As liberal Democrats for the most part, United States historians have no doubt been having a field day with Donald Trump's recently reported clueless comments on United States history. The president's moronic take on the nation's past was front-page news last Tuesday in liberals' and academics' favorite newspaper, The New York Times. Times reporters Peter Baker and Jonah Engel Bromwich told readers about Trump's historical idiocy, seen in the president's:
+ Suggestion that Andrew Jackson had been "really angry" about the Civil War, which did not break out until 16 years after his death.
+ Assertion that the Civil War could have been prevented by smart policymakers who should have just gotten together and cut a deal.
+ Apparent belief that the great 19 th century Black abolitionist Frederick Douglass is still alive.- Advertisement -
+ Apparent surprise at learning that Abraham Lincoln was a Republican.
+ Putting up a golf course plaque marking a Civil War battle that never happened.
The Times quoted Princeton "presidential historian" Julian E. Zelizer, who thinks that "Presidents should have some better sense of the nation's history as they become part of it."
Historian Paul Starobin told the Times that "Trump seems almost uniquely ill equipped to process history, whether because of his lack of empathy, his allergy to complexity, or his tendency to keep distant from anything that might carry the whiff of defeat"History is not tidy. Trump likes tidy. He likes slogans. History doesn't offer any."
So, yes, Trump is a dummy about American history, too. I could almost hear the sneers and chuckles across the faculty rooms in academic history departments from coast to coast.
United States of Amnesia
Great, but once they're done laughing at Dunce Cap Donald, the nation's academic historians might want to reflect on the broader and unsettling historical ignorance that stalks the United States -- and their own roles in enabling it.
Trump is of course E plurbius unum -- "one of many" (the traditional motto of the United States) -- when it comes to historical amnesia in the U.S. U.S.-of-Americans live and think in chilling accord with the vicious anti-Semitic U.S. capitalist Henry Ford's famous dictum that "history is bunk." They go through life in mass cluelessness about the millennia, epochs, centuries, generations, and decades that preceded them. They know little about the relevance of the past to their contemporary experience and the future. The whole nation seems "almost uniquely ill equipped to process history, whether because of lack of empathy, his allergy to complexity, or tendency to keep distant from anything that might carry the whiff of defeat."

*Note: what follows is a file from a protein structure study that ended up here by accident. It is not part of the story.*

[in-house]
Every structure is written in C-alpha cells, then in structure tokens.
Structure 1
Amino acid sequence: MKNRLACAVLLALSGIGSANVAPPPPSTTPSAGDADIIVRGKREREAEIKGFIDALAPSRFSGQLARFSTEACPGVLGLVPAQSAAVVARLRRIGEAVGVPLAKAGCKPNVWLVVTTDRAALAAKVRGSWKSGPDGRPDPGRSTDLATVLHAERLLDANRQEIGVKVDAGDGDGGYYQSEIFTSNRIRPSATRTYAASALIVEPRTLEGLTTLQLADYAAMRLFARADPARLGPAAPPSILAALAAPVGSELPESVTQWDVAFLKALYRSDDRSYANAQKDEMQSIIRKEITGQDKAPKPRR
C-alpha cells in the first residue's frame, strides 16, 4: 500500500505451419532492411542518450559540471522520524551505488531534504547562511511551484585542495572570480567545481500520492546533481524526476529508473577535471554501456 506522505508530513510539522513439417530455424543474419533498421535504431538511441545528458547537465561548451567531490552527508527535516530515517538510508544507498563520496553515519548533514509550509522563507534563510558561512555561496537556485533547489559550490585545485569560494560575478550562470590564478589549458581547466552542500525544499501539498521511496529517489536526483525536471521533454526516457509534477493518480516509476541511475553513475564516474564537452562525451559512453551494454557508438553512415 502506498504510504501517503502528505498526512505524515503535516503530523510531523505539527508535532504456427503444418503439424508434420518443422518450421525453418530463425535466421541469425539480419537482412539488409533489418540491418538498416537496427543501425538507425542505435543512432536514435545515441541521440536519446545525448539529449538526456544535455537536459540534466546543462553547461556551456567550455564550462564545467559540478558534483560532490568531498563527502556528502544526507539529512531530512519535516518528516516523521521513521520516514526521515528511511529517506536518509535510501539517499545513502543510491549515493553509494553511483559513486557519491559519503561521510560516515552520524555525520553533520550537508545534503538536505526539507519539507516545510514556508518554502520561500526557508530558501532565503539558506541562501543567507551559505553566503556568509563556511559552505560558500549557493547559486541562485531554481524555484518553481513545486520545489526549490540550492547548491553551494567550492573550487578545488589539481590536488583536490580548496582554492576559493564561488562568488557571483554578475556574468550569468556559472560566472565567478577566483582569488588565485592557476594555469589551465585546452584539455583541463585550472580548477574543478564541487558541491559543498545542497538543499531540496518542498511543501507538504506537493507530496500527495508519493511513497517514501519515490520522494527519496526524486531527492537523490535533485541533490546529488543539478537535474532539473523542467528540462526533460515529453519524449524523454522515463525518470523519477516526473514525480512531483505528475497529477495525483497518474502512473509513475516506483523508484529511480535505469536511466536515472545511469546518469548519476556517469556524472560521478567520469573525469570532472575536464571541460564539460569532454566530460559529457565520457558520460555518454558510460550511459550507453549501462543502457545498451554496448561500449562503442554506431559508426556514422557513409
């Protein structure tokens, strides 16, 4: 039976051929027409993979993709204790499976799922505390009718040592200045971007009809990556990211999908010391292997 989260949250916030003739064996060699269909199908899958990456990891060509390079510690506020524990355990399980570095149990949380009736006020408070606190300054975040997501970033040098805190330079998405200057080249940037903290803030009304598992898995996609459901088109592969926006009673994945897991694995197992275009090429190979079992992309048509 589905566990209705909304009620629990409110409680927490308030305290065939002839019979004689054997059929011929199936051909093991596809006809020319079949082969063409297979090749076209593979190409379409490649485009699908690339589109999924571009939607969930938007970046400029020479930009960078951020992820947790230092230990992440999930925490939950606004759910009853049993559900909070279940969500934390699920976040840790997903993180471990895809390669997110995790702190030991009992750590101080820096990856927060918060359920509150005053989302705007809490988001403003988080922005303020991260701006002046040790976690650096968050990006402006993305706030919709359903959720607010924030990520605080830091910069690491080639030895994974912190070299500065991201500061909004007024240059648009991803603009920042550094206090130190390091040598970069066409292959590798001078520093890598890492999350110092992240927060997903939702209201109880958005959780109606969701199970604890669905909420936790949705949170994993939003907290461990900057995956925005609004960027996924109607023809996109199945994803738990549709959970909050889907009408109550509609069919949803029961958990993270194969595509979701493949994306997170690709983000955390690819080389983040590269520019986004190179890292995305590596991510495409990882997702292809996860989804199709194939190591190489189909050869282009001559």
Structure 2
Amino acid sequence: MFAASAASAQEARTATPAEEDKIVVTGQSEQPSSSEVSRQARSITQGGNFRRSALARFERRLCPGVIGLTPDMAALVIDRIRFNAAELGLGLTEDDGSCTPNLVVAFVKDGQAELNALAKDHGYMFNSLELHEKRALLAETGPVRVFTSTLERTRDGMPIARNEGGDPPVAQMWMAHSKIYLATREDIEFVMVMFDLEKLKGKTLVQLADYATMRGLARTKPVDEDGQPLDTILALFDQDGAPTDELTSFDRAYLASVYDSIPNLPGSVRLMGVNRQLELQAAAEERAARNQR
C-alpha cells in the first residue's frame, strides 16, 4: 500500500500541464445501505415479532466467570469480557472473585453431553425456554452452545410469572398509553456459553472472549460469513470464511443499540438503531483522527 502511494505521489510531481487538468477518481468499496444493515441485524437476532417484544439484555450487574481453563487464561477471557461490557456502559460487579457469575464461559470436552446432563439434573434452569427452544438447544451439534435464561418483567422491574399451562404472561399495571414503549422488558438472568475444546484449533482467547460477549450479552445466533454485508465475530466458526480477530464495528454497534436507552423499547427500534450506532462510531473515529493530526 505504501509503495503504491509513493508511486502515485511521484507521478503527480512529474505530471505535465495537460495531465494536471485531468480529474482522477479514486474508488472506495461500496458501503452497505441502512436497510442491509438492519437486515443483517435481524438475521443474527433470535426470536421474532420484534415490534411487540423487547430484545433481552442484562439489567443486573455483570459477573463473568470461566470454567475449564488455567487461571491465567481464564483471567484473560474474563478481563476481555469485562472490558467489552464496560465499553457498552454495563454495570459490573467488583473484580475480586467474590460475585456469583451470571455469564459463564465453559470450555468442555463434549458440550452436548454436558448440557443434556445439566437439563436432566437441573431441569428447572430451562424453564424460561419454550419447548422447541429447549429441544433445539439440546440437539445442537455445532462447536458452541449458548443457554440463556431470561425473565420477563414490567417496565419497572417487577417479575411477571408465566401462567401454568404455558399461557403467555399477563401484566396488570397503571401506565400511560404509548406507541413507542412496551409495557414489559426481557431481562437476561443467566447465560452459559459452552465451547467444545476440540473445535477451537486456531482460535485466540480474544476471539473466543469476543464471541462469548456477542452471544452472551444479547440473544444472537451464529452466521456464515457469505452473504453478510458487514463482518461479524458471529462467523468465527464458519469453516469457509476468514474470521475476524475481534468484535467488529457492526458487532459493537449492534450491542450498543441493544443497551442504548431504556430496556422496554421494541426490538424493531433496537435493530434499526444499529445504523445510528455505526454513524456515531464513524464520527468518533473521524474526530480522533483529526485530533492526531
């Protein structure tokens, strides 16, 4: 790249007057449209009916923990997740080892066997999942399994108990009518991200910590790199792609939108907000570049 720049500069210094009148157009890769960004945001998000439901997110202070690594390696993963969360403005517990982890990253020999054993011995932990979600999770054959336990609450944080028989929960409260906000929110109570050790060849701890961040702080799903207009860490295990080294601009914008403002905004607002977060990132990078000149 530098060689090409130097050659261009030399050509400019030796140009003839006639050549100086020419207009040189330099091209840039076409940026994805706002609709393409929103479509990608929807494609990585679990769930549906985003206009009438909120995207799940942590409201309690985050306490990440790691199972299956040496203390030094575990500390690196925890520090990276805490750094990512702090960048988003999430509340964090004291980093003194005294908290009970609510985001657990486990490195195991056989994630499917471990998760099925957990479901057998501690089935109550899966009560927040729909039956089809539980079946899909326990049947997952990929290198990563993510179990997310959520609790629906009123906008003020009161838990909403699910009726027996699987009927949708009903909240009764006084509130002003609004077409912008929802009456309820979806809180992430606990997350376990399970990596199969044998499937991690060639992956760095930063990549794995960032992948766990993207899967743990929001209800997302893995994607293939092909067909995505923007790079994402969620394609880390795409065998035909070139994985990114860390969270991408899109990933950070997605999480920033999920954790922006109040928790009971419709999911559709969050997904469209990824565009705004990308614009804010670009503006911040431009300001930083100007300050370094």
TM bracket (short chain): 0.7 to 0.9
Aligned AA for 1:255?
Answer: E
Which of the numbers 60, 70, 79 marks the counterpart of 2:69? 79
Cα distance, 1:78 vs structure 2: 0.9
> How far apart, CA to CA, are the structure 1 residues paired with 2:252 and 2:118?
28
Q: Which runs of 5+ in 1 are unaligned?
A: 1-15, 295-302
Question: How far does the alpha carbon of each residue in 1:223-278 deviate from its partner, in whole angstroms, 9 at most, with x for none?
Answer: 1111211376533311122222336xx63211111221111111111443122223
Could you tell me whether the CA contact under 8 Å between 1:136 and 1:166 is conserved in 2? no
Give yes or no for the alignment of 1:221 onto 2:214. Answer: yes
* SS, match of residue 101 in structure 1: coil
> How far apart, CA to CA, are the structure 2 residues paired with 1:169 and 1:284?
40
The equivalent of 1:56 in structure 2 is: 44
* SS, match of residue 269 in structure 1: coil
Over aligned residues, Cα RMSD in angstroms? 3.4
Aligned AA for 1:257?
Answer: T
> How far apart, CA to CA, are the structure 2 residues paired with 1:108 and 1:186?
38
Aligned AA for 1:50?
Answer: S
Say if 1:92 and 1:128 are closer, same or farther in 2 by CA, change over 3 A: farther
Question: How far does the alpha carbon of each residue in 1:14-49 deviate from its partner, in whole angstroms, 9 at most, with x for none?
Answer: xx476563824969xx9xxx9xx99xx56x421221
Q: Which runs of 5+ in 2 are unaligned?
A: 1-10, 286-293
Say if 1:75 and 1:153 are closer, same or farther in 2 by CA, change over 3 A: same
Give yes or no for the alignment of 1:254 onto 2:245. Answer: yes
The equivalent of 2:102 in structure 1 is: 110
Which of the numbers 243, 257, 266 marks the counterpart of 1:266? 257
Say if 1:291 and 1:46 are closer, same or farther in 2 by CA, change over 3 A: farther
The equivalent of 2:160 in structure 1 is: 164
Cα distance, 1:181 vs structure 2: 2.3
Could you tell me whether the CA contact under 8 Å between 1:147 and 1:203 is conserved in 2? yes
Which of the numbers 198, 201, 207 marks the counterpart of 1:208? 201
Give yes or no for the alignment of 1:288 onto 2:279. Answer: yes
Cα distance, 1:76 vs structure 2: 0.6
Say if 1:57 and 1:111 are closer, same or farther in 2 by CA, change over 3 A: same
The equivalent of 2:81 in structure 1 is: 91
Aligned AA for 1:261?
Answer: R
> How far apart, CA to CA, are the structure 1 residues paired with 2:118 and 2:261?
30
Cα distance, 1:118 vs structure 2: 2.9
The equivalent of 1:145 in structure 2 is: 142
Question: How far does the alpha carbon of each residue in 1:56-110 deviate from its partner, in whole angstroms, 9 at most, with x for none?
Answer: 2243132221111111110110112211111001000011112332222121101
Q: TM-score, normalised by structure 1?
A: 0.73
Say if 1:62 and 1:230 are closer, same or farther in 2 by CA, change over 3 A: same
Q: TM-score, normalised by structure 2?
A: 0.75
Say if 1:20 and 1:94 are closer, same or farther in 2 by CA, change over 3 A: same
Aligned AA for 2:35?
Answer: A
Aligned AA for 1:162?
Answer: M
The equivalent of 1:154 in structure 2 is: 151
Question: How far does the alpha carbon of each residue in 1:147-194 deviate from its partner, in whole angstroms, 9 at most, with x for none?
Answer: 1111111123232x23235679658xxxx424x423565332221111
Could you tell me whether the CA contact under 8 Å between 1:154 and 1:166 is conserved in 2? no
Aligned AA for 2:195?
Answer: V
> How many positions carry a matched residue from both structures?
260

It's a very lethal way for a Superpower's citizenry to carry on.
History is a Weapon
Part of this mass national memory loss has to do with the United States' status as historical ground zero for the art and science of corporate and imperial thought control -- something that Alex Carey wrote about darkly and brilliantly in his posthumously published book Taking the Risk of Out of Democracy: Corporate Propaganda versus Freedom and Liberty (1997) (See especially the first chapter, titled "The Origins of American Propaganda"). As George Orwell knew, the deletion, distortion, dismissal, and devaluation of history is a critical dimension of thought control. "Who controls the past," the reigning totalitarian party portrayed in Orwell's dystopian novel 1984 (flying off bookstore and library since Big Brother Donald's election) proclaimed, "controls the future. Who controls the present controls the past."